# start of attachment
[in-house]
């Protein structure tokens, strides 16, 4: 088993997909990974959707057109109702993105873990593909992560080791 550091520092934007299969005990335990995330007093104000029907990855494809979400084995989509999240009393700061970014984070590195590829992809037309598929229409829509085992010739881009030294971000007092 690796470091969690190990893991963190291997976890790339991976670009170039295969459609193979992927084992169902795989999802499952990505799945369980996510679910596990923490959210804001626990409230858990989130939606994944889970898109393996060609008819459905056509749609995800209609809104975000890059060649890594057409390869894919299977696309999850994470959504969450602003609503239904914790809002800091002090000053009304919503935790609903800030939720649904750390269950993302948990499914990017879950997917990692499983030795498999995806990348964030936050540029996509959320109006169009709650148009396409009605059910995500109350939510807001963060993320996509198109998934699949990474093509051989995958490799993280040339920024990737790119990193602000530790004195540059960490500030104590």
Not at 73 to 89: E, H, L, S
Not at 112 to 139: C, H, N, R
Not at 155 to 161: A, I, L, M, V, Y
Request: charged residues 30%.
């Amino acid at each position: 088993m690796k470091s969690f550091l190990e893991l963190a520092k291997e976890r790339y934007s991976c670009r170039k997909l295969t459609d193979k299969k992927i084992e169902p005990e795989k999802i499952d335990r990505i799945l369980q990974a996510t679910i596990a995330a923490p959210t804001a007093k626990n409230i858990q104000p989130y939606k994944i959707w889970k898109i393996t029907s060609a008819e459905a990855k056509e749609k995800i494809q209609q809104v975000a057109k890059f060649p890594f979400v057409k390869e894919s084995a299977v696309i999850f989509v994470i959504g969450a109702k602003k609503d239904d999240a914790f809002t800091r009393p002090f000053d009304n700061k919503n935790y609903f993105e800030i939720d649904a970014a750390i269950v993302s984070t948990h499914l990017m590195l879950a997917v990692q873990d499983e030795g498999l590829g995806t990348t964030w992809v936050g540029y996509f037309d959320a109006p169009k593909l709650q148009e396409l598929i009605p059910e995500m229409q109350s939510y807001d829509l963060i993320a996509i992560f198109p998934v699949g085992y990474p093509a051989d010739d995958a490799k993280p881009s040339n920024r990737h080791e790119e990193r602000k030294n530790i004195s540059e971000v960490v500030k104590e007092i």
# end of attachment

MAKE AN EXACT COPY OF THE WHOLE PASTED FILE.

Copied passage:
[in-house]
């Protein structure tokens, strides 16, 4: 088993997909990974959707057109109702993105873990593909992560080791 550091520092934007299969005990335990995330007093104000029907990855494809979400084995989509999240009393700061970014984070590195590829992809037309598929229409829509085992010739881009030294971000007092 690796470091969690190990893991963190291997976890790339991976670009170039295969459609193979992927084992169902795989999802499952990505799945369980996510679910596990923490959210804001626990409230858990989130939606994944889970898109393996060609008819459905056509749609995800209609809104975000890059060649890594057409390869894919299977696309999850994470959504969450602003609503239904914790809002800091002090000053009304919503935790609903800030939720649904750390269950993302948990499914990017879950997917990692499983030795498999995806990348964030936050540029996509959320109006169009709650148009396409009605059910995500109350939510807001963060993320996509198109998934699949990474093509051989995958490799993280040339920024990737790119990193602000530790004195540059960490500030104590």
Not at 73 to 89: E, H, L, S
Not at 112 to 139: C, H, N, R
Not at 155 to 161: A, I, L, M, V, Y
Request: charged residues 30%.
């Amino acid at each position: 088993m690796k470091s969690f550091l190990e893991l963190a520092k291997e976890r790339y934007s991976c670009r170039k997909l295969t459609d193979k299969k992927i084992e169902p005990e795989k999802i499952d335990r990505i799945l369980q990974a996510t679910i596990a995330a923490p959210t804001a007093k626990n409230i858990q104000p989130y939606k994944i959707w889970k898109i393996t029907s060609a008819e459905a990855k056509e749609k995800i494809q209609q809104v975000a057109k890059f060649p890594f979400v057409k390869e894919s084995a299977v696309i999850f989509v994470i959504g969450a109702k602003k609503d239904d999240a914790f809002t800091r009393p002090f000053d009304n700061k919503n935790y609903f993105e800030i939720d649904a970014a750390i269950v993302s984070t948990h499914l990017m590195l879950a997917v990692q873990d499983e030795g498999l590829g995806t990348t964030w992809v936050g540029y996509f037309d959320a109006p169009k593909l709650q148009e396409l598929i009605p059910e995500m229409q109350s939510y807001d829509l963060i993320a996509i992560f198109p998934v699949g085992y990474p093509a051989d010739d995958a490799k993280p881009s040339n920024r990737h080791e790119e990193r602000k030294n530790i004195s540059e971000v960490v500030k104590e007092i």